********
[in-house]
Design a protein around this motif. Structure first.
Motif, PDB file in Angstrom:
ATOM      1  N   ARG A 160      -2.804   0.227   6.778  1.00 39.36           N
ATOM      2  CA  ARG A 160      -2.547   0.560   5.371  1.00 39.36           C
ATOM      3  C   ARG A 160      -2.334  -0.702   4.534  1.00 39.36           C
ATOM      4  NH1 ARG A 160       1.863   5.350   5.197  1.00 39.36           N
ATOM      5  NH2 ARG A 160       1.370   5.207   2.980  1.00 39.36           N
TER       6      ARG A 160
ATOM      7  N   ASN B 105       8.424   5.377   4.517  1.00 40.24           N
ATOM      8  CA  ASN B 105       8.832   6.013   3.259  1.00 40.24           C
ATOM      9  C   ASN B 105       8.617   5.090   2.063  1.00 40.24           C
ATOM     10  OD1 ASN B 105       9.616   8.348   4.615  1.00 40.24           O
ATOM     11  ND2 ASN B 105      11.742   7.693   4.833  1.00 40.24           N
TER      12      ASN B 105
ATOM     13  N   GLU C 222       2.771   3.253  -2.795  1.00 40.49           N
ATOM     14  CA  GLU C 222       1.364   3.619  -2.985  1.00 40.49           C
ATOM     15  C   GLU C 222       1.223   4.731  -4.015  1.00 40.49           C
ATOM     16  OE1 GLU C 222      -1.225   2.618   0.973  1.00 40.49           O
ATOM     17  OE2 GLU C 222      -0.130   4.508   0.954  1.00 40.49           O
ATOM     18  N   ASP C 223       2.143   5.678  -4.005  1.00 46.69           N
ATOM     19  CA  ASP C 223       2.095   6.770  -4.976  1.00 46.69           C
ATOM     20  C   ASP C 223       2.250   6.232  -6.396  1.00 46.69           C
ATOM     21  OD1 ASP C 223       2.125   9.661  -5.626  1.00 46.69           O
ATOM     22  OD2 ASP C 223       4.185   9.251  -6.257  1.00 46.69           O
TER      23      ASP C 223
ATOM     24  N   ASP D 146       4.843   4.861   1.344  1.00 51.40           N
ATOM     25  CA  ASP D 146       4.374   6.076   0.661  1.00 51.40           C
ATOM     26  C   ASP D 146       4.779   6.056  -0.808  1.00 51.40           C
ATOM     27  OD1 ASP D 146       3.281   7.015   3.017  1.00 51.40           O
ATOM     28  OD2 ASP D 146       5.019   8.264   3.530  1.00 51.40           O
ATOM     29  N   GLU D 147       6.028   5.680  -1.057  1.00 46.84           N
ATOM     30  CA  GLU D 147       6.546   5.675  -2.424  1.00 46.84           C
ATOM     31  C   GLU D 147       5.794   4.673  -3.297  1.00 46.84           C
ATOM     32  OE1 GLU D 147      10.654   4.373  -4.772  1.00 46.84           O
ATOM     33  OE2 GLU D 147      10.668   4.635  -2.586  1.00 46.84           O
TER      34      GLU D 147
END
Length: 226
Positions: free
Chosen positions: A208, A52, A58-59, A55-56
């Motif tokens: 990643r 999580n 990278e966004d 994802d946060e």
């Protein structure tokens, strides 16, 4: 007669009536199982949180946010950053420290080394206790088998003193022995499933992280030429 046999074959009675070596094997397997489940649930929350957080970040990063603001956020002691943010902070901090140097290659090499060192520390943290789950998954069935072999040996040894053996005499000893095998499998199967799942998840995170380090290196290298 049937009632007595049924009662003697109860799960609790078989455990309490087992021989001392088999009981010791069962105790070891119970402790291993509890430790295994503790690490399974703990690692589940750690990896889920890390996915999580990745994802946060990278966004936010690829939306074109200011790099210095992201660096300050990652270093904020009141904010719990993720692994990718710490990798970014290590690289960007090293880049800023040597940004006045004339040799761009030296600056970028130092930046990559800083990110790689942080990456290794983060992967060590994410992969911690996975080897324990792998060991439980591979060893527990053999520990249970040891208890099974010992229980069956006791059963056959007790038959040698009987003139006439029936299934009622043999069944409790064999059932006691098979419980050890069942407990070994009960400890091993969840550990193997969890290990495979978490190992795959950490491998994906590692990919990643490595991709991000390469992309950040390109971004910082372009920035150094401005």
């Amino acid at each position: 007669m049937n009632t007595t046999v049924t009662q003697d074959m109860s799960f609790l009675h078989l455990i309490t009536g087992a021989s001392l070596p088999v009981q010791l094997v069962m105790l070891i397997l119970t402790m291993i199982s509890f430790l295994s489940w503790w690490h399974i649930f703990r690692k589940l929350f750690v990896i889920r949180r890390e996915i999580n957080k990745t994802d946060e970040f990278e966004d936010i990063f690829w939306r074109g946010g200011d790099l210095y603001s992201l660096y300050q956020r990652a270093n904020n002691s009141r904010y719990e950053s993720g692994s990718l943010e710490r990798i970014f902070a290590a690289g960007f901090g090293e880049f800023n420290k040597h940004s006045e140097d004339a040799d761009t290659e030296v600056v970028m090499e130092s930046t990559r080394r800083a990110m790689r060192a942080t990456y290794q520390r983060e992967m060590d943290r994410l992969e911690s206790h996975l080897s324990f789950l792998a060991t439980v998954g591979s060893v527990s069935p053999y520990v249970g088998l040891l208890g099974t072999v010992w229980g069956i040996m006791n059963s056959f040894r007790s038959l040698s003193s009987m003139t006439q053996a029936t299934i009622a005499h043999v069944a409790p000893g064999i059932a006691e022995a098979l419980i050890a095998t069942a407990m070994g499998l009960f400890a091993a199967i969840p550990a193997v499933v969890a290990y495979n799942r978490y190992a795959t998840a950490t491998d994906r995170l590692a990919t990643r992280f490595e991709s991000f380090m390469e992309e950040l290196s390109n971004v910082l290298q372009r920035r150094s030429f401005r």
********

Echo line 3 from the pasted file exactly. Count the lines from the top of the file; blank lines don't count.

Motif, PDB file in Angstrom: